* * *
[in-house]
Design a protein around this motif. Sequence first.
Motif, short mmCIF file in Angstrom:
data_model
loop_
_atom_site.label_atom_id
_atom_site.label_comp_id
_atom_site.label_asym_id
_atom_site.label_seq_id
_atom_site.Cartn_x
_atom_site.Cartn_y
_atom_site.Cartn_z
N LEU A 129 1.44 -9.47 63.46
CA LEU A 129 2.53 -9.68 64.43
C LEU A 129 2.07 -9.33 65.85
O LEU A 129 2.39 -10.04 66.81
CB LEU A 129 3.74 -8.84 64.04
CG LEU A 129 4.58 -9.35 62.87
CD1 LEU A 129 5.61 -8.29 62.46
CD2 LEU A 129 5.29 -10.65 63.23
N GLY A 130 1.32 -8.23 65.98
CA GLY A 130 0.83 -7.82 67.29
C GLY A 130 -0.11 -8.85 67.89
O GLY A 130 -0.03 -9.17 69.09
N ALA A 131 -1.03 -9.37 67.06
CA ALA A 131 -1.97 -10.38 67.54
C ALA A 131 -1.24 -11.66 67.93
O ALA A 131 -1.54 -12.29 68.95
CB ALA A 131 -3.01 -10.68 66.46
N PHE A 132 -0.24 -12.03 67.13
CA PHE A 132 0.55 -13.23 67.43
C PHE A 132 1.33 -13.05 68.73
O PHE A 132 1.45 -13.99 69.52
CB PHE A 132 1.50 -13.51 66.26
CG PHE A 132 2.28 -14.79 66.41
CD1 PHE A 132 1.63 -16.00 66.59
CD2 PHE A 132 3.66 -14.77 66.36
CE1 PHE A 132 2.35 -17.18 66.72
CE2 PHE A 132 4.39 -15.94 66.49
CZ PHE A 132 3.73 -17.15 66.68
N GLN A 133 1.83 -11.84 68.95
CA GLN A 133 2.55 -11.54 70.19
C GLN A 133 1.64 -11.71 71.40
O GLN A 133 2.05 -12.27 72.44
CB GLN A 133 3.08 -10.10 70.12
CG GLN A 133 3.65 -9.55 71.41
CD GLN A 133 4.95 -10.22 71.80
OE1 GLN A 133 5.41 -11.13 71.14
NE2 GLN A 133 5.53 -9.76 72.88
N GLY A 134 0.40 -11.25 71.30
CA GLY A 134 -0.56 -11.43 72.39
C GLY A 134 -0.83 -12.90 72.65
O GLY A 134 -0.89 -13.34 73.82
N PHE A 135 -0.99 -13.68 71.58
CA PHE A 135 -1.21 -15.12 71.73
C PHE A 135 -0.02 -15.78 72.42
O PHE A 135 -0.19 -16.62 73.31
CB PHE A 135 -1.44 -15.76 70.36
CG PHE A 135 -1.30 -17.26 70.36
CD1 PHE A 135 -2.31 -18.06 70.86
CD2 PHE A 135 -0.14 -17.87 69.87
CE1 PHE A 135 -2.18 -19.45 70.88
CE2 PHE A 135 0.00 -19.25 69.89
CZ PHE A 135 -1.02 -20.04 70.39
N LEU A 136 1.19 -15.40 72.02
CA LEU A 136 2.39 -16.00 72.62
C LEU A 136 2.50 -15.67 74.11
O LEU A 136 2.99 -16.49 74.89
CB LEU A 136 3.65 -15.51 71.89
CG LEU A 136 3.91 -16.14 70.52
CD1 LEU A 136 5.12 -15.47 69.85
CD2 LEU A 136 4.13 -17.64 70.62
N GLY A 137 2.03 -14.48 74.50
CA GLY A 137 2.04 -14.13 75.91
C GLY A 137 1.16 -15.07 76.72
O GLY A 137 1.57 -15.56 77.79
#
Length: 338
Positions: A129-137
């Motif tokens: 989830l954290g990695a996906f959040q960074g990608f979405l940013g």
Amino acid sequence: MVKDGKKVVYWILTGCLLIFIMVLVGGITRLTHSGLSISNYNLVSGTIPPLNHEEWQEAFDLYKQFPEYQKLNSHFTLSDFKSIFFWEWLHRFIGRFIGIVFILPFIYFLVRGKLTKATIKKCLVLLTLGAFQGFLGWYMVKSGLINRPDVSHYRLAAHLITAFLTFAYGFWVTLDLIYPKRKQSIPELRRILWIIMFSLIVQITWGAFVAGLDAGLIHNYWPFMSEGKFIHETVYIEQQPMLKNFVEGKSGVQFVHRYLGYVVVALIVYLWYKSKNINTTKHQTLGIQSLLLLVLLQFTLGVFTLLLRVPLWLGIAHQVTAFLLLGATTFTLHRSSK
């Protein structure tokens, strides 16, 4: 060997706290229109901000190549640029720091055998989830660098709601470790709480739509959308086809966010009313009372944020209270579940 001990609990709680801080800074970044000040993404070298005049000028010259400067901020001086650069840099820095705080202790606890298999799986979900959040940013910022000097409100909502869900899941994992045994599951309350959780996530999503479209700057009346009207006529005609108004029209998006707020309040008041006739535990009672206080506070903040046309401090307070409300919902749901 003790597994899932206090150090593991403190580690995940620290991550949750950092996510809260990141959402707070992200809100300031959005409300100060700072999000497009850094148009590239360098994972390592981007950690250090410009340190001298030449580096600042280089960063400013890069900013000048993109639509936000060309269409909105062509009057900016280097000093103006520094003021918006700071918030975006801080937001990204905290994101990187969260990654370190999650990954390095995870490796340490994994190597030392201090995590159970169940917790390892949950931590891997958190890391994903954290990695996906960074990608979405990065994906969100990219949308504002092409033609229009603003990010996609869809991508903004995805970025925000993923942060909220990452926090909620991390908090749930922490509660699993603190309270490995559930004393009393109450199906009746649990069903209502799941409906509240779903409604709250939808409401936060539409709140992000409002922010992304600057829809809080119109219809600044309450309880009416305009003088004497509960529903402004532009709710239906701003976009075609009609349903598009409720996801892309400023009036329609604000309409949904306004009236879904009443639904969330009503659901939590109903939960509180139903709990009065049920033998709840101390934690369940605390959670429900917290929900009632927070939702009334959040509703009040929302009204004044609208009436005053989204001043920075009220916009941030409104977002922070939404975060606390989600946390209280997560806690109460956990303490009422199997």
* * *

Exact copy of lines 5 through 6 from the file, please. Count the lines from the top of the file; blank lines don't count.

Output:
loop_
_atom_site.label_atom_id